So this is par for the course--Corman-associated productions have NEVER placed a big premium on originality, and for what it's worth, Frank (directing from her [?] own script) does give us those nice dream sequences and some welcome dumb humor to sweeten the taste of the Ripoff Souffle. For instance, when smart and serious sister Linda (Wendy Martel) gets to class and learns they'r having a short test on Deja Vu, she rolls her eyes and quips, "Great--a Pop Psychology Quiz!" Also, immediately post-Beth's third nightmare, flighty airhead Sara (Pamela Ross) sits through a literature class in which the teacher drones, "This author uses foreshadowing and repetition to move the plot forward..." That's meta, bitches!
But for a B-movie pleasure-seeker like me, the real fun lies in the awesomely, gleefully dated 80s fashions and decor that permeate the film. From fashion-plate Cindy's primary-color jumpsuit/dresses (the envy of *all* the girls) to Sara's Carmen Miranda-meets-Cyndi Lauper style of dress to the Patrick Nagel prints and posters of Twisted Sister on the same wall in the same bedroom, I just couldn't wipe the nostalgic grin off my face. Bonus points for not one, not three, but TWO getting-dressed montages, the greatest of which occurs once Beth and her friends are left alone in the house for a long weekend (dun-dun DUN!) and decide to try on all of Cindy's expensive clothes. You want 80s synth-rock with shots of neon-clothing flung gleefully through the air, all while providing the gratuitous nudity you crave? You got it, buddy!
As often happens in cases like this, the girls invite a quartet of boys over for the weekend, ostensibly to help them set up some decorations in the yard for an upcoming "pow-wow," but really just to bolster the body count. Frank miscalculates perhaps by trying to play the revelation that Beth is Bobby's sister and he's coming to finish the job for as much suspense as possible--you'd have figured this out long since even if you *hadn't* seen Halloween and its sequels (and let's face it, if you're watching Sorority House Massacre, YOU HAVE). The kills are nothing to write home about, though I admit that when resident Blair-in-Facts of Life bitchy sis Tracy (Nicole Rio) caught Bobby's butcher knife right between her bodacious, recently bared bosoms for a long, strangely bloodless shot, my interest was piqued, IYKWIM. People get killed, Beth brings up more repressed memories and survives thanks to her strange psychic radio connection with Bobby, and it all ends up about how you'd expect.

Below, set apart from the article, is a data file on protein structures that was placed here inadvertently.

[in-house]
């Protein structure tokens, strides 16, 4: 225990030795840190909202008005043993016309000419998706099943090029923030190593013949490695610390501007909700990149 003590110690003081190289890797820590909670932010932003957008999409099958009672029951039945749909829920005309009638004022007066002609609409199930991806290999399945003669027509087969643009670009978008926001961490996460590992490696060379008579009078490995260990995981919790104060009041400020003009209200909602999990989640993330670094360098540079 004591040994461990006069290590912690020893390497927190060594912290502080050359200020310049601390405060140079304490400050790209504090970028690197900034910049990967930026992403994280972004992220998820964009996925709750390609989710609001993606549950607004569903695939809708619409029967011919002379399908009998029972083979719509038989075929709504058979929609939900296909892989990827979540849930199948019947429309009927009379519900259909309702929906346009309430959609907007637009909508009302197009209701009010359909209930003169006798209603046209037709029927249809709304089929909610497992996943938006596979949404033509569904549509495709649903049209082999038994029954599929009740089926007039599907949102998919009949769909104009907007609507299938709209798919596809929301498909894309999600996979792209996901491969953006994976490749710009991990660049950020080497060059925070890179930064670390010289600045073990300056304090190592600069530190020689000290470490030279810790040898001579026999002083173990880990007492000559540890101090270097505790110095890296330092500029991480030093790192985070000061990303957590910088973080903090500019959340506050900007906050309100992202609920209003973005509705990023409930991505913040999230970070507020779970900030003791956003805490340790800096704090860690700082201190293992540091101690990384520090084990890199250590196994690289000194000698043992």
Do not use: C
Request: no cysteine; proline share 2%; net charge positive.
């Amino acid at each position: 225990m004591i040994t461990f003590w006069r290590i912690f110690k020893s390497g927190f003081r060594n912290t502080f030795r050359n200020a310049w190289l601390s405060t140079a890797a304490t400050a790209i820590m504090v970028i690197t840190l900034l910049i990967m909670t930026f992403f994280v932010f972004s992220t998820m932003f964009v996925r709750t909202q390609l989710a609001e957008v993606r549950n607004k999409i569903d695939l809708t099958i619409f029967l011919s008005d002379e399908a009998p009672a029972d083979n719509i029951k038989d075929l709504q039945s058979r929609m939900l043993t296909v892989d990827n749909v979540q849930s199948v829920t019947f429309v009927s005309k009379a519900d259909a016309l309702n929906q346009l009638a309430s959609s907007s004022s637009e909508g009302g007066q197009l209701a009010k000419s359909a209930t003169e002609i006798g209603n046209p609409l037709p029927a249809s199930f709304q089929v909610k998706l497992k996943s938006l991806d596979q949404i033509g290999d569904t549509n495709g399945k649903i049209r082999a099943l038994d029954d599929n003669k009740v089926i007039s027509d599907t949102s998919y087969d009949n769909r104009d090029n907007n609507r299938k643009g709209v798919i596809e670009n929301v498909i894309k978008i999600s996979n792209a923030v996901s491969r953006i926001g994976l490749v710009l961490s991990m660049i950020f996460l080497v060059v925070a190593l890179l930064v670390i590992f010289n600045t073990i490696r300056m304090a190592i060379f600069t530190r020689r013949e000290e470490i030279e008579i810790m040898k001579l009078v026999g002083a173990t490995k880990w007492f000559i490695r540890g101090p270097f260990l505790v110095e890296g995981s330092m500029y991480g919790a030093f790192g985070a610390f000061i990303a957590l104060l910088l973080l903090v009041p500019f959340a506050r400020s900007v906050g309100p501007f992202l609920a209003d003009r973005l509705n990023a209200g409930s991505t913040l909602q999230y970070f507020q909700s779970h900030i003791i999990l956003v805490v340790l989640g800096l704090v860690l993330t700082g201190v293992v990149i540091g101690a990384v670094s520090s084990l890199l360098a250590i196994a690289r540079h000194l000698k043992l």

So we have a few good things here, but the movie really falters when it comes to the big climactic battle with the killer, which keeps it from being an overall success. The nonsensical teleportation ability of the killer might be let slide (he climbs up a fire ladder which the girls then drop off the building, and once he's recovered from the fall, appears at the 2nd story window again, with no explanation of how he got back up there), but what really sinks it is the non-acting of the threatened college students here. I mean, I don't ask a lot from my knife-fodder in an 80s slasher, but I would like them to at least *pretend* they might be in danger, and might be more than a little concerned about this fact. Here, everyone deadpans their way through every close friend's death, a life-long buddy's bloody demise apparently no more affecting than learning they're no longer offering the McRiblets at your local eatery.
when Tracy gets her unrequested sternum piercing, she happened to have been in flagrante delicto with her boyfriend in their teepee. The boyfriend runs back to the house (naked--we get some nice streaking butt shots for the ladies), and emotionlessly informs the others inside, "Tracy's dead." Not shock-emotionless either, just matter of fact, "This is my line and I'm gonna say it now" delivery. Same goes for Beth when one after another of her friends get offed...no reaction, no emotion, no tears...not even a SCREAM in some cases for Christ's sake. It's like everyone was either stoned or performing under hypnosis, or else just so bored and sick of the whole movie-making enterprise they just stopped trying. And *that* attitude is sadly infectious.
Thursday, April 2, 2009
I don't want to rag on this too much--I did get some joy out of Sorority House Massacre, and wouldn't tell anyone not to watch it. The fashions and dress-up scenes alone are worth seeing, and the dream sequences do display a bit of creepy style. 1.75 thumbs, 2 if you're a child of the 80s. It was almost, *almost* good. As it is, it's just okay--but sometimes okay is good enough.